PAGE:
I had the happy surprise this afternoon of putting up a small party of three golden plover on the long walk around my traps. The first thing I recognised was a plaintive, gloomy whistle, repeated twice from the bare hill a few yards to my left. All of a sudden, three sharp-winged shapes rose out of the grass and raced off quickly over a dip in the horizon. It was too quick to take a photograph and they didn’t reappear, but I knew what I had seen.
I love golden plover, and despite the fact that they are such infrequent visitors to the Chayne, I’m determined to learn more about them. It could be that the birds I saw were looking for somewhere to spend the breeding season, in which case I’ll need to be extra vigilant with foxes and crows if they’re going to have a good chance of success. I don’t see them often, but when I do, it’s always a thrill.
Everyone makes the association between cuckoos and the arrival of springtime, but over the last few days, the changing of the seasons has been marked by cuckoos to such an extent that the call is constant up and down the valley. It’s not that I’d ever fail to appreciate the arrival of a fascinating migrant, but when you’re woken up by cuckoos and hear them throughout the day almost without interruption, I’ll confess that they do lose some of their sheen and novelty.
Three of them were sitting in the willow scrub infront of the house this morning, and they were joined by a fourth coming down over the sheds from the hill behind. I listened to them as I lay in bed, then watched them sitting in the topmost twigs of an old ash tree, tails held high and wings drooping down. I tried to get some good photographs of them last year, but managed little better than this one (above). If I get a chance in the next few days, I’ll take some new ones, hopefully of more than one at a time.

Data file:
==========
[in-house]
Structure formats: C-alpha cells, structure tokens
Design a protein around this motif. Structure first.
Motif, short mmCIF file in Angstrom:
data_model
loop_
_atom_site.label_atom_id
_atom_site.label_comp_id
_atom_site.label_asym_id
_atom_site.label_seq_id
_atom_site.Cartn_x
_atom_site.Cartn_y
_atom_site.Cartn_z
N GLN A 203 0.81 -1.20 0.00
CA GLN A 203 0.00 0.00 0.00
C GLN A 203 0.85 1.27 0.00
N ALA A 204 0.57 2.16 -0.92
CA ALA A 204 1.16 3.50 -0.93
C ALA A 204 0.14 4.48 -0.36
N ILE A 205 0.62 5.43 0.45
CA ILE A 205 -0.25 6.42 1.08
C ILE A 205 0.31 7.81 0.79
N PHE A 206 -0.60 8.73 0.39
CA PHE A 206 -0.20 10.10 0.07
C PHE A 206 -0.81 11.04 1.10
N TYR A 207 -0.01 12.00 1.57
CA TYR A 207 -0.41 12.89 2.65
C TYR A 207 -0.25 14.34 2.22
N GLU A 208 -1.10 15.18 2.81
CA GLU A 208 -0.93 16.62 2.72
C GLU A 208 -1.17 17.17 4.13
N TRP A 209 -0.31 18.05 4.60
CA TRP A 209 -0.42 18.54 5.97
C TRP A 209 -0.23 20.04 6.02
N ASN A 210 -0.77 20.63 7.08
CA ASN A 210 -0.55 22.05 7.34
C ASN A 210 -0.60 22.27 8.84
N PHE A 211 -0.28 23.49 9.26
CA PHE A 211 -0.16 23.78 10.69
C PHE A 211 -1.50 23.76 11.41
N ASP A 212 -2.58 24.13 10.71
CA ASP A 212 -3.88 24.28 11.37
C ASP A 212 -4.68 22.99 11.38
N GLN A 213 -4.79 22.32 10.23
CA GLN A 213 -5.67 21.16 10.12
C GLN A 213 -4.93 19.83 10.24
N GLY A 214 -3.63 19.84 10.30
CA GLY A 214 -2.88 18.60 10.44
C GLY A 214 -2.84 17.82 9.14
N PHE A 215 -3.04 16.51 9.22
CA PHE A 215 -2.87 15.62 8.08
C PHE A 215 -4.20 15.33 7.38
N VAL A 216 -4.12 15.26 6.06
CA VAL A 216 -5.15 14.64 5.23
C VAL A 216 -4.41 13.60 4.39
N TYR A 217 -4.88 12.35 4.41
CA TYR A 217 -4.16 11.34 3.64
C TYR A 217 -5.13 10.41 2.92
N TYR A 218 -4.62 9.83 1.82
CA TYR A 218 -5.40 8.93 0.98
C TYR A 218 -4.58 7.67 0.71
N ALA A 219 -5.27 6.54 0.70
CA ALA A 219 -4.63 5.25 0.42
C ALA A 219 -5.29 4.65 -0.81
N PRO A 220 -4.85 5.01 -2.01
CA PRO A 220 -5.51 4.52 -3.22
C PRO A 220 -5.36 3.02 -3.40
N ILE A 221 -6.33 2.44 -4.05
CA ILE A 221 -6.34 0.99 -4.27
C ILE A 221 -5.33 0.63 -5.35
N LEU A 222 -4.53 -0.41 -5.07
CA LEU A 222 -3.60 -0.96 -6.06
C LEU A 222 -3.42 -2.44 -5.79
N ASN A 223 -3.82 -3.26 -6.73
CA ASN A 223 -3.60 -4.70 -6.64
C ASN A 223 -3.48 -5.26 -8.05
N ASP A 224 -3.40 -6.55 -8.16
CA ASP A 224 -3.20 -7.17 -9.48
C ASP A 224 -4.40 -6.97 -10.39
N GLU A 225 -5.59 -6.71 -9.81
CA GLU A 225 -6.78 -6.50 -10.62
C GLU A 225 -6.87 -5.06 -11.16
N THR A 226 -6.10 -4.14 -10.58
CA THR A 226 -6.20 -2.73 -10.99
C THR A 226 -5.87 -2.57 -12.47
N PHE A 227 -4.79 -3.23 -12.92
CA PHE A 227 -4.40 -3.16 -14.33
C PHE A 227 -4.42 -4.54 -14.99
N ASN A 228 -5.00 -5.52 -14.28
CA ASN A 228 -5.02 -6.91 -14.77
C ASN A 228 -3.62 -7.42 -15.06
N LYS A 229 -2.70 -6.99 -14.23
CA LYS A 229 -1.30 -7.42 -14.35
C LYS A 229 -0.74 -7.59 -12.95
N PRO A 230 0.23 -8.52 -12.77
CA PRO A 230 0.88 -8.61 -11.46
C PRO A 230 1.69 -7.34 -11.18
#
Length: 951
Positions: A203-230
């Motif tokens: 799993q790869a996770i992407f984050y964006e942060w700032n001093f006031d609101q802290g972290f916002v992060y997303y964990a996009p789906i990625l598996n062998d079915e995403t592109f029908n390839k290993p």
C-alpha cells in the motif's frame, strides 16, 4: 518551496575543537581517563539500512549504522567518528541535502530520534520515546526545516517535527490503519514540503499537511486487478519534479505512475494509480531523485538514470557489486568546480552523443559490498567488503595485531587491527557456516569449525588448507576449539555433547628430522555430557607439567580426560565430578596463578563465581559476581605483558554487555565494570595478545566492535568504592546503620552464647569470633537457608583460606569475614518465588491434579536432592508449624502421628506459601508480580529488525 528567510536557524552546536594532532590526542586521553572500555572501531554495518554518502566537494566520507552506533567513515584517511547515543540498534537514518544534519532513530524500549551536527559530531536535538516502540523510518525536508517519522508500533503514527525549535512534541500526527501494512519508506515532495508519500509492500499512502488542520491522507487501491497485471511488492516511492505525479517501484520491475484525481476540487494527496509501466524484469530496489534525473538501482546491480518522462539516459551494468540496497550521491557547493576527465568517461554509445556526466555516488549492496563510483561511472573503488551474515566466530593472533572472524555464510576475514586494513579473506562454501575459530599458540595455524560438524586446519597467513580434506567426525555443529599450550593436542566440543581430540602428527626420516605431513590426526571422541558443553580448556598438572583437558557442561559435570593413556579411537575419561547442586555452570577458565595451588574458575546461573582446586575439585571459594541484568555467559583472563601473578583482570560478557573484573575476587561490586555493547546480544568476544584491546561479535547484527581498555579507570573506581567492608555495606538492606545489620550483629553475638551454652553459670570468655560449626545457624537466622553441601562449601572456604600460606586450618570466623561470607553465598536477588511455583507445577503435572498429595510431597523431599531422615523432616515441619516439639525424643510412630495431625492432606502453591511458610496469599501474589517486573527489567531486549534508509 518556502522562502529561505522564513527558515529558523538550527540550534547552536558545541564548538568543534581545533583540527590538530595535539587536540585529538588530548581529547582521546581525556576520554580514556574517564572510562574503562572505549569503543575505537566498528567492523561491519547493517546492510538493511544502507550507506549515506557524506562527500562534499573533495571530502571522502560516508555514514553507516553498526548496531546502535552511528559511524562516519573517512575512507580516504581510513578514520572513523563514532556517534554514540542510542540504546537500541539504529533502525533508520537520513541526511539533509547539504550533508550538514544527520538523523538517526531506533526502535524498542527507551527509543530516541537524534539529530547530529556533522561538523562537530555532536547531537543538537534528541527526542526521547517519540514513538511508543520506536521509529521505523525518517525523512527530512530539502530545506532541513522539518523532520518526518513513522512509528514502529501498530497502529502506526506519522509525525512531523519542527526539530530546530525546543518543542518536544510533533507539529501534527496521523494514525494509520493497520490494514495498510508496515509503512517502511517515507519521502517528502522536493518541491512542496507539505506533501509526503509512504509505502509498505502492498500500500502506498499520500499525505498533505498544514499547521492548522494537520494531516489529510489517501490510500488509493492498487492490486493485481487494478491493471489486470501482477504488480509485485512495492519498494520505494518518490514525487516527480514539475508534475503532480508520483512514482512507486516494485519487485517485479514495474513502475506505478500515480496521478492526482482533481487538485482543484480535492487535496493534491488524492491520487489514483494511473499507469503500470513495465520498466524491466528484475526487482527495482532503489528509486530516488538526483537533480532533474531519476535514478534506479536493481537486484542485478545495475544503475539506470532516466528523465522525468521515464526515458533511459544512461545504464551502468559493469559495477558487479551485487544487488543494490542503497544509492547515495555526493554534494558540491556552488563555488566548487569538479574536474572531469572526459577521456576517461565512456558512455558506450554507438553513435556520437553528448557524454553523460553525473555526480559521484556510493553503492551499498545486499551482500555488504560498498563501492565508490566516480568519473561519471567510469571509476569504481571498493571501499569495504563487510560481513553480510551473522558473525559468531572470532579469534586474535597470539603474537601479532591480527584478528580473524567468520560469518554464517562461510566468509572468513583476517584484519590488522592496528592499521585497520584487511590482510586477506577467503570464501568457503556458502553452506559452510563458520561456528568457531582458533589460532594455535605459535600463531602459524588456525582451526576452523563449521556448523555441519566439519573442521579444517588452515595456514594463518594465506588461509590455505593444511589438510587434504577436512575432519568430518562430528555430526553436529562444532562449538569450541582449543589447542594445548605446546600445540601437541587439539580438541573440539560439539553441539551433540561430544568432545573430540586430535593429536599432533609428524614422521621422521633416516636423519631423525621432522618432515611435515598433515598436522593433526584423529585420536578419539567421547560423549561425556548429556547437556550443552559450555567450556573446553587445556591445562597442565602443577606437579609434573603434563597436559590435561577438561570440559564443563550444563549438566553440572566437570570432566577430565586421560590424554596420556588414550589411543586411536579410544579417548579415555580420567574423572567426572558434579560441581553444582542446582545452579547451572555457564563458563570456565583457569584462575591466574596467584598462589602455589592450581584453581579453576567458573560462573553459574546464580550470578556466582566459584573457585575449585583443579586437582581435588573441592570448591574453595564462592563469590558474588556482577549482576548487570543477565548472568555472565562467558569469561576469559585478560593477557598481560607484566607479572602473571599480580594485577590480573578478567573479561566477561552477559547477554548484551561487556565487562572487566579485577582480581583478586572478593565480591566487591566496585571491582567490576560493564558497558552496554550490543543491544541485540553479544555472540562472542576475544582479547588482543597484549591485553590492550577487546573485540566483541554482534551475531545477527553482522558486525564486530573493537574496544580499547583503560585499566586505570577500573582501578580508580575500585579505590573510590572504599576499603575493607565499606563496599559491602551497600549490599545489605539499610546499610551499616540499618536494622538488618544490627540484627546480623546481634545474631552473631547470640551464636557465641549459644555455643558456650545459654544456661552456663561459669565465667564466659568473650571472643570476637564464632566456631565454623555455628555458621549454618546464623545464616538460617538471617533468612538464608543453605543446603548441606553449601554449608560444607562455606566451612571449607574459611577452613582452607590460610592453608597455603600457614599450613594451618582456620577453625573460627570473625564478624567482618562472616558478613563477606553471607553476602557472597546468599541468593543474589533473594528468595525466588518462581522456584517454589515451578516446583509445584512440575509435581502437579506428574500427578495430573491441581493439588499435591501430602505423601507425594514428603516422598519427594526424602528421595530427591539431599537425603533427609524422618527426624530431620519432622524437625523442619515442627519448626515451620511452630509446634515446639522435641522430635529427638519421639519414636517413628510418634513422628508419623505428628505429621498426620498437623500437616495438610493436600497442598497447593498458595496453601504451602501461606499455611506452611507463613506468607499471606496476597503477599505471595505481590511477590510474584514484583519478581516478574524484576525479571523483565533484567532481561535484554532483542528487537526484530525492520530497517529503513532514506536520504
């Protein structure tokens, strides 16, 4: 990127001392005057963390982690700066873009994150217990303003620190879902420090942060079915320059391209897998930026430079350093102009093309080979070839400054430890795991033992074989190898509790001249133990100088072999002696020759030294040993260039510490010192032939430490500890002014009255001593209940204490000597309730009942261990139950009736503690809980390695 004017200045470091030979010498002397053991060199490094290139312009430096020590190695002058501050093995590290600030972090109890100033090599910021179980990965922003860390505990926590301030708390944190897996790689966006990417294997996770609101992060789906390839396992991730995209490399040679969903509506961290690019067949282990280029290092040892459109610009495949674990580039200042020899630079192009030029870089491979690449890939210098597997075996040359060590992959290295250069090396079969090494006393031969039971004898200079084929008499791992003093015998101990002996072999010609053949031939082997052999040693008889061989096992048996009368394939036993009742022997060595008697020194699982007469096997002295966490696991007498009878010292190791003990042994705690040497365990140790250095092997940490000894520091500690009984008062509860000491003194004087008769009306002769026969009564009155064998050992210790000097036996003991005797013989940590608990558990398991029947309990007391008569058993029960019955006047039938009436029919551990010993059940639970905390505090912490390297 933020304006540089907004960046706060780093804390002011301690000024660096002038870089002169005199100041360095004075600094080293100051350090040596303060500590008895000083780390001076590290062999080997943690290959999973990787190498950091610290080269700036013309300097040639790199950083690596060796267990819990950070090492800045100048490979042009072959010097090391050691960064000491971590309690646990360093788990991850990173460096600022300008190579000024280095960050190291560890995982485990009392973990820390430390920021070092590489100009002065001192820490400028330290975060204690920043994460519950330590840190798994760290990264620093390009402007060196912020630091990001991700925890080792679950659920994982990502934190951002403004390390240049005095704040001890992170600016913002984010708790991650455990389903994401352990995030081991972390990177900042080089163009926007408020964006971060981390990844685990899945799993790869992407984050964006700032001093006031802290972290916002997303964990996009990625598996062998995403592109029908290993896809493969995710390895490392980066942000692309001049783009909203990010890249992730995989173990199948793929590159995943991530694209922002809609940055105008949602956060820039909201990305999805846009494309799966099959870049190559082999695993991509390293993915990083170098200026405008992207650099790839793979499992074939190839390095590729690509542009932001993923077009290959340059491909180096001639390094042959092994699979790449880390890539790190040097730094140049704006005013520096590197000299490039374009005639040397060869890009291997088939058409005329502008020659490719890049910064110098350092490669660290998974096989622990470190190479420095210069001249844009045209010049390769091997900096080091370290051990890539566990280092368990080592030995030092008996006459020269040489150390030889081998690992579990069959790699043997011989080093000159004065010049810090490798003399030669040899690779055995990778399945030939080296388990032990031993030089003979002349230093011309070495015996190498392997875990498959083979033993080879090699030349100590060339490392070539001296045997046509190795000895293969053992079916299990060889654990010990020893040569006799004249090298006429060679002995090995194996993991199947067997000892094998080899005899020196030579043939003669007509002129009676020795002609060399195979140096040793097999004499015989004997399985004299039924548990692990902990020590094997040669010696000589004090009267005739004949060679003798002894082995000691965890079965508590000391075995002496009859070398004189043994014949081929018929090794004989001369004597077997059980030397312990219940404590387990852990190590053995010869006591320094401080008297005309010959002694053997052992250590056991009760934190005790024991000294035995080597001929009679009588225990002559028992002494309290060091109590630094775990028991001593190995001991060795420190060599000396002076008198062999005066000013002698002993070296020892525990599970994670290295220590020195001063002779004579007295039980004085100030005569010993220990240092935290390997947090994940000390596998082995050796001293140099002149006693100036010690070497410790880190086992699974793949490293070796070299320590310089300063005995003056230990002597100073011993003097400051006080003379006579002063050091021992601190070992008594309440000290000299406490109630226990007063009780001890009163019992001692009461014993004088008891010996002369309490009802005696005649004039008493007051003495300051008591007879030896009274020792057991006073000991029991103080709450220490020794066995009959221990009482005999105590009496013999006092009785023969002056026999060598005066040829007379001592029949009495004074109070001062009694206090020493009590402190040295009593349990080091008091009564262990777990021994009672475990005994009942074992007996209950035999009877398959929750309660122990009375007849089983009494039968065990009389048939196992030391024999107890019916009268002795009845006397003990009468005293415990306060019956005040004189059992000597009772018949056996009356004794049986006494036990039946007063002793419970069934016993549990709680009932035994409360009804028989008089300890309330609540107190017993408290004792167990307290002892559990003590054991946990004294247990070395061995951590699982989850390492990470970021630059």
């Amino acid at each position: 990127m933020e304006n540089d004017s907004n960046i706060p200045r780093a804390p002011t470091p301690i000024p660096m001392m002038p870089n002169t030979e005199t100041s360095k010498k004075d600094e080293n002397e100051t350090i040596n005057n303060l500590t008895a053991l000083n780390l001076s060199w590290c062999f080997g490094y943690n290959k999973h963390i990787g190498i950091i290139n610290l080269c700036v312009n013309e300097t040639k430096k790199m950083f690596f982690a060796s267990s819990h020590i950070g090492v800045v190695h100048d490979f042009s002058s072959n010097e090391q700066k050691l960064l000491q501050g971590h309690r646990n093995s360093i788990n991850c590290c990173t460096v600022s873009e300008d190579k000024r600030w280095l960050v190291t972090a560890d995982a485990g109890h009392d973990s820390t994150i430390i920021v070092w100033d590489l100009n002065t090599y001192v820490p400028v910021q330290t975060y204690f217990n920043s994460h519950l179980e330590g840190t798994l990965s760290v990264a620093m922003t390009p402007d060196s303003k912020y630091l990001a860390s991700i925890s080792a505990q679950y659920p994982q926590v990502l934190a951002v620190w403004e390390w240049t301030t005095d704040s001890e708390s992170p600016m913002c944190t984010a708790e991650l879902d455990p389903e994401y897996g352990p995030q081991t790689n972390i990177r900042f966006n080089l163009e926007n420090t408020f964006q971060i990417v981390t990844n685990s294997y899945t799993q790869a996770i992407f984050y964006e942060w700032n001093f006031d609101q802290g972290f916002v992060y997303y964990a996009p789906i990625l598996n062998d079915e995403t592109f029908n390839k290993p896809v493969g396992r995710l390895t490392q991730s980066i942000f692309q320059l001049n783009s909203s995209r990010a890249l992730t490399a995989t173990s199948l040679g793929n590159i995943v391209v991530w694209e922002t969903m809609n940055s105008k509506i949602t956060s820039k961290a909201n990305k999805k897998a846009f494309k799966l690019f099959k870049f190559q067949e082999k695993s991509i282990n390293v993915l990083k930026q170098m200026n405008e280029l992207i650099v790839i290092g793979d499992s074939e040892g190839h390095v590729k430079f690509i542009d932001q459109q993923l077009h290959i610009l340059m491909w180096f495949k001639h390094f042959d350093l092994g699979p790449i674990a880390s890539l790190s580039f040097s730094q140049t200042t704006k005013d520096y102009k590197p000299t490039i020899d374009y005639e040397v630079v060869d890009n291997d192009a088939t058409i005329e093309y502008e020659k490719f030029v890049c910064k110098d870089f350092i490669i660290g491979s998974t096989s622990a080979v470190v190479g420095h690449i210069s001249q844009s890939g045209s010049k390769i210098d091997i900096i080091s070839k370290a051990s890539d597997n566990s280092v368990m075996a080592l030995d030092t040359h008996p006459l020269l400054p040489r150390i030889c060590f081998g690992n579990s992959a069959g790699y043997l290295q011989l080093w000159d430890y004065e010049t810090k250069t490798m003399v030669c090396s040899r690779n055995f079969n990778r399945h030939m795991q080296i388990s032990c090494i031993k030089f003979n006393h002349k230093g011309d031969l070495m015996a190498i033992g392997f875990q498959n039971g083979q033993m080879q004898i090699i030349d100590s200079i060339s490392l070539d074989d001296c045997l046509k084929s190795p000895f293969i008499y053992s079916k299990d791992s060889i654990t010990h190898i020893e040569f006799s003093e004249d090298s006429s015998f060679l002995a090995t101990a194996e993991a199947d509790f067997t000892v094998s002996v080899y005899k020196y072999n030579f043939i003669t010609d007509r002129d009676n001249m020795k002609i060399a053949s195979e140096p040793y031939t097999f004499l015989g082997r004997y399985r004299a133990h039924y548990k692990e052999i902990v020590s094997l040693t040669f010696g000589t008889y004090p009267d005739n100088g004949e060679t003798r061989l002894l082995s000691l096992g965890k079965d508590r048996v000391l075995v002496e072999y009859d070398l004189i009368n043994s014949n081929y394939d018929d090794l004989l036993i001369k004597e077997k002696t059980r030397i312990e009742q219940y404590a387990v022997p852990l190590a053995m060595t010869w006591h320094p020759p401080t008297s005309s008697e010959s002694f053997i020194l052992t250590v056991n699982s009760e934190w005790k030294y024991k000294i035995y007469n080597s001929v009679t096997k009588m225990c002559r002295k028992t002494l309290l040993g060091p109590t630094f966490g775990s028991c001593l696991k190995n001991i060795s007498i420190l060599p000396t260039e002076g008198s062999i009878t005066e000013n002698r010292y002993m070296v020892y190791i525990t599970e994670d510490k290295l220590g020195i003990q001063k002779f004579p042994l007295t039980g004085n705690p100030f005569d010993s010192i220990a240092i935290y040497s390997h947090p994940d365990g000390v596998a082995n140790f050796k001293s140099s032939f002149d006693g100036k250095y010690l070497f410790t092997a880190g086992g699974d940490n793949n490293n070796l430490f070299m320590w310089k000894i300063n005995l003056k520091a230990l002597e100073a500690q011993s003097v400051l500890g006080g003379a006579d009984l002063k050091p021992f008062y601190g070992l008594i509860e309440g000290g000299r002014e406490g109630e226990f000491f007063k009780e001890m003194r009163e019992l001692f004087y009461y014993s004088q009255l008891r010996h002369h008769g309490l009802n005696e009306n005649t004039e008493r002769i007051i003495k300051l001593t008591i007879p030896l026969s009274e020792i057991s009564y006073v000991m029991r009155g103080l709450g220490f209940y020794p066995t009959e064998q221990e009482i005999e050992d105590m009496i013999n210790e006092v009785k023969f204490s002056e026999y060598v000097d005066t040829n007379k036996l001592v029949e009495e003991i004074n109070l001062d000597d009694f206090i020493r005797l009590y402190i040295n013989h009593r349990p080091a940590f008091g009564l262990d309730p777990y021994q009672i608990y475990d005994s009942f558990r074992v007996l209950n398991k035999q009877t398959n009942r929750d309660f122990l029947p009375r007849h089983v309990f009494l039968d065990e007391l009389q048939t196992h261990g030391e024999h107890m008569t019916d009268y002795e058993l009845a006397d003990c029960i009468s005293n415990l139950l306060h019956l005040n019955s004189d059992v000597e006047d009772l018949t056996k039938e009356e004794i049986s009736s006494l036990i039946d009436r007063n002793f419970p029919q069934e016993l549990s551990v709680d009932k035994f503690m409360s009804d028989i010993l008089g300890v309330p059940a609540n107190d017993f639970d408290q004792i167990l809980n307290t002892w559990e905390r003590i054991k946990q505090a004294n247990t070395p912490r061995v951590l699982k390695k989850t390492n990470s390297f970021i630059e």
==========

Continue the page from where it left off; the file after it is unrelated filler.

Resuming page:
Last year, I had five flying around my head at once when I started to blow the cuckoo call into my hands, and getting them to come to you is child’s play. The difficult part comes in taking a steady picture of a bird that is as restless as it is fidgety.
Good to see that the Forestry Commission and others are keen to trumpet the recent increase in black grouse numbers, which, as well as the small matter of mild weather conditions, was apparently brought about by woodland expansion projects… (?)
Yet again the great lie of black grouse conservation rears its head, just as it suits government agencies to cast their destructive activities in a favourable light. It is now the case that hundreds of thousands of pounds are being spent each year on woodland planted specifically for black grouse, but look at the requirements dictated by the SRDP (Scottish Rural Development Programme) for woodland creation and you’ll see that, in order to qualify for that public money, the Forestry Commission requires new plantations of conifers to be at a density of 2,500 trees per hectare and broadleaves at 1,100 trees per hectare. These densities are, at their worst, around five times more than what the GWCT recommends for planting in the name of black grouse (400-800 p/Hec), and while it’s possible to thin out those dense plantations after ten years, it seems nonsensical to waste public money to do something wrong in the knowledge that it will need to be fixed later on.